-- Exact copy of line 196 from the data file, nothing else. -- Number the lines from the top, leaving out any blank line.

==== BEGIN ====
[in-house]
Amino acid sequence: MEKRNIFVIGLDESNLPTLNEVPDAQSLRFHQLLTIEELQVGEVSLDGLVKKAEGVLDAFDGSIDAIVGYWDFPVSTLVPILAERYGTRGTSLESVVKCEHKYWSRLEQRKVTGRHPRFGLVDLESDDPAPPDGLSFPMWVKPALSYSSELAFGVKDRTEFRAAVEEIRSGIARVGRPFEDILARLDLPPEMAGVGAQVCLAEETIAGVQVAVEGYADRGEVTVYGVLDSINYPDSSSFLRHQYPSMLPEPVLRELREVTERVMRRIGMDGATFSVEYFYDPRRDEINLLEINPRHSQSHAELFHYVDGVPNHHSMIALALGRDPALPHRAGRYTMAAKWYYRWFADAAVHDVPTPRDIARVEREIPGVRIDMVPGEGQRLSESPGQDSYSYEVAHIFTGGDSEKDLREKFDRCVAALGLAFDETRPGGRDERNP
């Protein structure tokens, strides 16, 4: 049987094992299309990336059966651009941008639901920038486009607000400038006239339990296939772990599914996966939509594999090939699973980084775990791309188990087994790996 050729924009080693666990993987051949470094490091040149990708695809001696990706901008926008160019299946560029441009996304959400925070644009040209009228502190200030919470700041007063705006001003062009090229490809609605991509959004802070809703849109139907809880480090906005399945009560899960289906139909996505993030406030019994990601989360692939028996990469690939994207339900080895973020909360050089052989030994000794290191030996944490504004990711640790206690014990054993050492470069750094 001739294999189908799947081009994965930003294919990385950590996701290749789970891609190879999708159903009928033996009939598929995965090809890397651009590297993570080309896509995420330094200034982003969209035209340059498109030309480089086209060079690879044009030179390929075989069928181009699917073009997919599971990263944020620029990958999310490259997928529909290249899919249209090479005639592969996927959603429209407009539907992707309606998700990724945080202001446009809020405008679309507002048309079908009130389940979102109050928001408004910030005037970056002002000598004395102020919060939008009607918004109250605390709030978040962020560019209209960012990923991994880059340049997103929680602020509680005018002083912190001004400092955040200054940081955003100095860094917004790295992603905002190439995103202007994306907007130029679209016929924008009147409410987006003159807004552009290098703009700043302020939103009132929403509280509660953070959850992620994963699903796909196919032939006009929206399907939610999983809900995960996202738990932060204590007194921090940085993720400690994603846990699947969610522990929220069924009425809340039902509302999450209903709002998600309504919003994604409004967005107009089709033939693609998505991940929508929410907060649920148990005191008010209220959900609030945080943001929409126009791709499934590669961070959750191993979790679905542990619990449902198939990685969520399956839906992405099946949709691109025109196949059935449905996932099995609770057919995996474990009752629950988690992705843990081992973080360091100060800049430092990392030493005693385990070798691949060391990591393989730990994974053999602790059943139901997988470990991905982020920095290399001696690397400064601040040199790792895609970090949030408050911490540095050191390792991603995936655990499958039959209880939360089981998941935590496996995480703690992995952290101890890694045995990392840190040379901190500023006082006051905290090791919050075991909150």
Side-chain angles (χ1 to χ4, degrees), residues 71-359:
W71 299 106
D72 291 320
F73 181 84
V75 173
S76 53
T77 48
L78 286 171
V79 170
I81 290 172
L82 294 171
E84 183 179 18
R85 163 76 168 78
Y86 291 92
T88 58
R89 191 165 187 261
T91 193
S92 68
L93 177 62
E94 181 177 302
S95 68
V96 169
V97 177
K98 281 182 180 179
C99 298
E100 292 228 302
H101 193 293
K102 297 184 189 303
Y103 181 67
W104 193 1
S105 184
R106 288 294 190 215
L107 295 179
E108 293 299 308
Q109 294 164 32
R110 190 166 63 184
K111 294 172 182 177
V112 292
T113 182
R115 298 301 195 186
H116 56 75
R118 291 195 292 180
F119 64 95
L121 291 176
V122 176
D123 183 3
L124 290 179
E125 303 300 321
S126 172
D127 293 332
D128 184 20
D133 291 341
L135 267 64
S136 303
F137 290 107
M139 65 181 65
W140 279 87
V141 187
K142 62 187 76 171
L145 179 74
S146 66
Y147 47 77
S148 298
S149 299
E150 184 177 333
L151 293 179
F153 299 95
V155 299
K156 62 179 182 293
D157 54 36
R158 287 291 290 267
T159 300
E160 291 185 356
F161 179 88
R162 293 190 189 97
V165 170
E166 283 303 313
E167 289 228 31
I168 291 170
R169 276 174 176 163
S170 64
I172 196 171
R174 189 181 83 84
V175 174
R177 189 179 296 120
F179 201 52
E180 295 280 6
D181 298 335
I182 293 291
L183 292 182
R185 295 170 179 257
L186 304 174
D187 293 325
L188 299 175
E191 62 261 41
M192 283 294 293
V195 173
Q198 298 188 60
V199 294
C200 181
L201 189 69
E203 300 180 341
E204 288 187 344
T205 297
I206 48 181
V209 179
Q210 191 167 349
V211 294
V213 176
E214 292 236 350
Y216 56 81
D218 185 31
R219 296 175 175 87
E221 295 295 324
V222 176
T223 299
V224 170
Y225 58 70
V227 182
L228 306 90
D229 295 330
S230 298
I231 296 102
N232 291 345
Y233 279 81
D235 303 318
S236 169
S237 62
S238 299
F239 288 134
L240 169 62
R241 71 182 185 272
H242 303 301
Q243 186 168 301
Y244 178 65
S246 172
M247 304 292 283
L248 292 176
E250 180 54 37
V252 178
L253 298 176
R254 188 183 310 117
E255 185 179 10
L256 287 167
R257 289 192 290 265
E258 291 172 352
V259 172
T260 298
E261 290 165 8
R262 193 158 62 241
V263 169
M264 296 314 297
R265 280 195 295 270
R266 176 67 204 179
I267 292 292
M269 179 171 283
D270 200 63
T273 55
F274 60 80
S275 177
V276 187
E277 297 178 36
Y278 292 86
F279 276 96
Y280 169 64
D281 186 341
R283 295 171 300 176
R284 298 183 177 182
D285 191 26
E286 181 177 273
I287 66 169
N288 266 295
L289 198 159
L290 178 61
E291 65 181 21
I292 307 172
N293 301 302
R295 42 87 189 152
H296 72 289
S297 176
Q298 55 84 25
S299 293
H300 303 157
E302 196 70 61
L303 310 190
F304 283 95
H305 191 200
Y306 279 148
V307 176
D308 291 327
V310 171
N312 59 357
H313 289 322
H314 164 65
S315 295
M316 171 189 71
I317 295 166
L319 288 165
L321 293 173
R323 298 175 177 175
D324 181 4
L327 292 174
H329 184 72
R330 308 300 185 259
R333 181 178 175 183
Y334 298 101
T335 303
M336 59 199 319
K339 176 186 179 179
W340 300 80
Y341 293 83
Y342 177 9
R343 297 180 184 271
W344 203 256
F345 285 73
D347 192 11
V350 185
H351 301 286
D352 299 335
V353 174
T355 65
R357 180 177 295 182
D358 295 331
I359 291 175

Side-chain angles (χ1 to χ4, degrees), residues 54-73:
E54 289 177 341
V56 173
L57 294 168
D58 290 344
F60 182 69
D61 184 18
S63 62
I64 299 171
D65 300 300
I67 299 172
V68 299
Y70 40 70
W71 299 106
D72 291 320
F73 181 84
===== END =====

H313 289 322